This Ain’t No Foolin’ Around

Every politician in a rural state with an aging demographic wants to know The Answer to The Magic Question:

“How do we get young people to move here and stay here to start careers and families?”

I probably shouldn’t think this is funny, but for some reason I do.  The situation itself is not funny, but the bizarre machinations around constructing arguments to lure 20-somethings to rather than away from Appalachia are a little bit amusing.  Part of the problem looks like this:  We say we want young, talented, intelligent, educated, passionate people to want to call West Virginia home.

Fair enough.

But then we talk about the offer, and about the very people we want to attract, as if they are not wise enough to see what is written in flames about 50 feet tall.

This ain’t no party.  This ain’t no disco.  This ain’t no foolin’ around.  

True story, I had some dialogue with a public school employee in a neighboring county last week in which he disclosed he’s had 3 students talk about suicide as the school year winds down.  This seems unusual, right……aren’t most kids thrilled for school to be out?

No.  Not any more and not here.  For an increasing number of children the end of school means three months of food insecurity and the lack of physical protection that comes from reporting to a public place every day.  It means hunger, and fear of violence, and isolation.  For many kids, it means exposure to serious drug abuse like methamphetamines and to its associated crime.

It means too much time on your hands and not enough of anything else.

This is but one aspect of our situation.  We don’t want to lead with such misery for obvious reasons — Don’t smart ambitious young people want to be in hip urban centers with lots of good times and easy living?  That’s what it looks like on TV anyway.  The thing is, I don’t think these people are the ones we really want and need.  So why are we trying to get them anyway?  No offense Jersey Shore and Gossip Girl; you’re entertaining and all, but you are the last thing we need over here.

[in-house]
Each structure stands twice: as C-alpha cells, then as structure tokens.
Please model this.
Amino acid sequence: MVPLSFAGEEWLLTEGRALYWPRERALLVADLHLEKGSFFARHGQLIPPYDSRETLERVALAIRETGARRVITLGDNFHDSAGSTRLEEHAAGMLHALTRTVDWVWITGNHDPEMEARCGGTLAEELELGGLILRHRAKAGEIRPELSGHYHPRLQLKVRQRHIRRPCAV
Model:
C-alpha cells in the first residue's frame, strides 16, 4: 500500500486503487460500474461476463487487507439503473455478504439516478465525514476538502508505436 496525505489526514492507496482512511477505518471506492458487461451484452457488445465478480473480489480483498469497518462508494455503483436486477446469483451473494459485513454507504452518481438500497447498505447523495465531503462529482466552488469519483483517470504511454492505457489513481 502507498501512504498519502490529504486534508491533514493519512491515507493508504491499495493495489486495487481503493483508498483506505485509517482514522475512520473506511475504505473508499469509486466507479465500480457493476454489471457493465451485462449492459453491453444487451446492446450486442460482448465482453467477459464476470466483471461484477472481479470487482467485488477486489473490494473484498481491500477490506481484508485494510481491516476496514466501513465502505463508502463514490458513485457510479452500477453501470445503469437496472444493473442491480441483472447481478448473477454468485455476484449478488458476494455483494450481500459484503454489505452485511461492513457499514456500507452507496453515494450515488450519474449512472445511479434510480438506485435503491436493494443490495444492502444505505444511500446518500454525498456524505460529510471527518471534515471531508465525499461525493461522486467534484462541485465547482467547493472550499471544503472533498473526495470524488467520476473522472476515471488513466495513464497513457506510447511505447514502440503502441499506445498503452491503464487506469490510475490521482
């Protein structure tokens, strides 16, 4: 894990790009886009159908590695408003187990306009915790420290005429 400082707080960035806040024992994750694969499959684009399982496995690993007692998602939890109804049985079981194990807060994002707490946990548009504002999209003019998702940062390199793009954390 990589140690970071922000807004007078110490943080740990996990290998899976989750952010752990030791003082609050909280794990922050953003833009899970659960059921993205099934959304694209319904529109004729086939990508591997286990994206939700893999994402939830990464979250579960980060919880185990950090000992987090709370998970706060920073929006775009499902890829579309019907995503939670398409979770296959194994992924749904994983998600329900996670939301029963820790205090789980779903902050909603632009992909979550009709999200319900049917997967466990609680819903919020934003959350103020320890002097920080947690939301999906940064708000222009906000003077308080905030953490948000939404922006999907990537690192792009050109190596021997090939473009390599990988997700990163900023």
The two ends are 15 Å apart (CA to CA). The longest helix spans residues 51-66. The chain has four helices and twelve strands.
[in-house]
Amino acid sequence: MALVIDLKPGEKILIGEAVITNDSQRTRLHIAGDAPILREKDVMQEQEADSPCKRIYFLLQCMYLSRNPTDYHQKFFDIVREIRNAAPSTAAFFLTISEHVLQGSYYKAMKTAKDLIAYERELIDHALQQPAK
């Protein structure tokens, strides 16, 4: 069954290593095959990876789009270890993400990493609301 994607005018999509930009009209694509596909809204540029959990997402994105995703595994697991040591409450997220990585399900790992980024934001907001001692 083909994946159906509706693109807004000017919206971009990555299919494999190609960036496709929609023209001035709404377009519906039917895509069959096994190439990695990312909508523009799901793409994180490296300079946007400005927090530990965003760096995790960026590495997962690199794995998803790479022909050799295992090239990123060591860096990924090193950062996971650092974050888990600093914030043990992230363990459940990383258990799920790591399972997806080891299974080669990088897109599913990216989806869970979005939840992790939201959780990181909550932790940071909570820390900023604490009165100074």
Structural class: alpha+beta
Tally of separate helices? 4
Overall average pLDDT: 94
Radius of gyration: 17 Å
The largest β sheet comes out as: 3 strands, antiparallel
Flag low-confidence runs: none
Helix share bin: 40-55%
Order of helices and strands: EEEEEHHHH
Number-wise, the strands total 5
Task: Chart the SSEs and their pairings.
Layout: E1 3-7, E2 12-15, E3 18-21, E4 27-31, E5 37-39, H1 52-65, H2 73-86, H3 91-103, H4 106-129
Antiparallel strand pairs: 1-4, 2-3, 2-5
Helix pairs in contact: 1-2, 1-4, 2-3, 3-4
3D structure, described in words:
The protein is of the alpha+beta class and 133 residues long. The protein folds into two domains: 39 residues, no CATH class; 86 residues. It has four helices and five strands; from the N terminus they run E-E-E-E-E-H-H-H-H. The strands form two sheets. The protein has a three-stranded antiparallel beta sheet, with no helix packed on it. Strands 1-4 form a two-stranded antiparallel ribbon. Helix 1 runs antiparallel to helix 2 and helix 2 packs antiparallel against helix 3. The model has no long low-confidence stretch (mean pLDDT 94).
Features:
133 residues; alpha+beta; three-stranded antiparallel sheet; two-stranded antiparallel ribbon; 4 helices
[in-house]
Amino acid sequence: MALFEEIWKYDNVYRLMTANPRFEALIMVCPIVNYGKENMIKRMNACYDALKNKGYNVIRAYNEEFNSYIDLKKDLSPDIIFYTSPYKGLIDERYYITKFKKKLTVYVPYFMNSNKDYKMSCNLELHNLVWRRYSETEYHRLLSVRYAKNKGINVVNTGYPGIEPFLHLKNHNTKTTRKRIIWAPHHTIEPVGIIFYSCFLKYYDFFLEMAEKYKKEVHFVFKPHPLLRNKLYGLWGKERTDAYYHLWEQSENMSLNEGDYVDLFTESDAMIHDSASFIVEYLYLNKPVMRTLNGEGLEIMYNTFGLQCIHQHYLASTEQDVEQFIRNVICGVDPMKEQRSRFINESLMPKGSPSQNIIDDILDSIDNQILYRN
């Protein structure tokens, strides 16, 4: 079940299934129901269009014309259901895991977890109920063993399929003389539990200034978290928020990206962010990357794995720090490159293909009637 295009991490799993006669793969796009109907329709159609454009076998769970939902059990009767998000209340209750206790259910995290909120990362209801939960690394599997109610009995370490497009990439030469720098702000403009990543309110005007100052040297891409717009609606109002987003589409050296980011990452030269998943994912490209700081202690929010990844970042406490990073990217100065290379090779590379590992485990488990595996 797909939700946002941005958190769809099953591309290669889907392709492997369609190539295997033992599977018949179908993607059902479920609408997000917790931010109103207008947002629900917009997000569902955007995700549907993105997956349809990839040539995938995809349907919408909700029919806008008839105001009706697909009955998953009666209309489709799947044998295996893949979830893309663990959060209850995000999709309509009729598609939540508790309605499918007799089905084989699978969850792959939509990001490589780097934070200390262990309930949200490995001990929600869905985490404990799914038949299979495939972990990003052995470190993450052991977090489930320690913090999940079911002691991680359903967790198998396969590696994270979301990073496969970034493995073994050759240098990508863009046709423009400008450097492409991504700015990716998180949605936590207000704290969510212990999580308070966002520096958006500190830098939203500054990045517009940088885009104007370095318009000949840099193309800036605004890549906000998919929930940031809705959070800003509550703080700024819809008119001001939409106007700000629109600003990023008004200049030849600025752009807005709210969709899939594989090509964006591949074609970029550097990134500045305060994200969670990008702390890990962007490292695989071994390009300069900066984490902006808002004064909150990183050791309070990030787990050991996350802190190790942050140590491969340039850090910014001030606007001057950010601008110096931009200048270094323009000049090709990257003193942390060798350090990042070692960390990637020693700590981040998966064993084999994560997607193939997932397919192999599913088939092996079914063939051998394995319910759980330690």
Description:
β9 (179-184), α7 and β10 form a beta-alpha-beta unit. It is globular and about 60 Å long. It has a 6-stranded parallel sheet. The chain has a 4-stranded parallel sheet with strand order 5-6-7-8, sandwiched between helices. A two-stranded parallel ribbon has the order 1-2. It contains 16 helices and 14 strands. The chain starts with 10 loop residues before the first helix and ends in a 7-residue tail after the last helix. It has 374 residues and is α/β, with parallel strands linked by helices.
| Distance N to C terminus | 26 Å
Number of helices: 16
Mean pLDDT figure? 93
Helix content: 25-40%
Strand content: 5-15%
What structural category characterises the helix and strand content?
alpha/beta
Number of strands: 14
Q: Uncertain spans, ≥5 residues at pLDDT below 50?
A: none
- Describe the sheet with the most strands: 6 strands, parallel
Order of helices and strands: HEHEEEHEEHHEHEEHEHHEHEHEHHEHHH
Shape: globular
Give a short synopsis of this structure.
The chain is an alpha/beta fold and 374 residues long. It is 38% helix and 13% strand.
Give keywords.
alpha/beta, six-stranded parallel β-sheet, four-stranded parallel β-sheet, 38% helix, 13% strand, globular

This ain’t no party.

I say we market what we have for real and get the most hard-core world-changers we can. No one needs self-absorbed “what’s in it for me” types right now.  I’m not falling for the idea that these people are part of any solution.

This ain’t no disco.

We need that piece of the 20-something puzzle that wants more.  They’ve already done the research and they know that PR efforts to market the great outdoors and low rent is a weak sales pitch.  I’m betting we are on the edge of a different attraction…..the nation has suffered several years now of throwing off the costumes of wealth and easy money, sexy start-ups and Internet-driven marketing schemes.  McMansions, gargantuan gas-guzzling vehicles, and extravagant parties are dwindling and even a source of embarrassment.  We see more clearly what that all was, how false and how wasteful.  No one wants to churn that back up, they want to build on what’s real.

This ain’t no foolin’ around.

I’m not sure what is more real than the opportunity to turn away from “all for me” and turn towards “all for the world.”  Our world of Appalachia is in peril, and that is nothing new, but what may be new is the chance to harness global concern about our local issues to attract the right young people who will change the future of this state and consequently the world.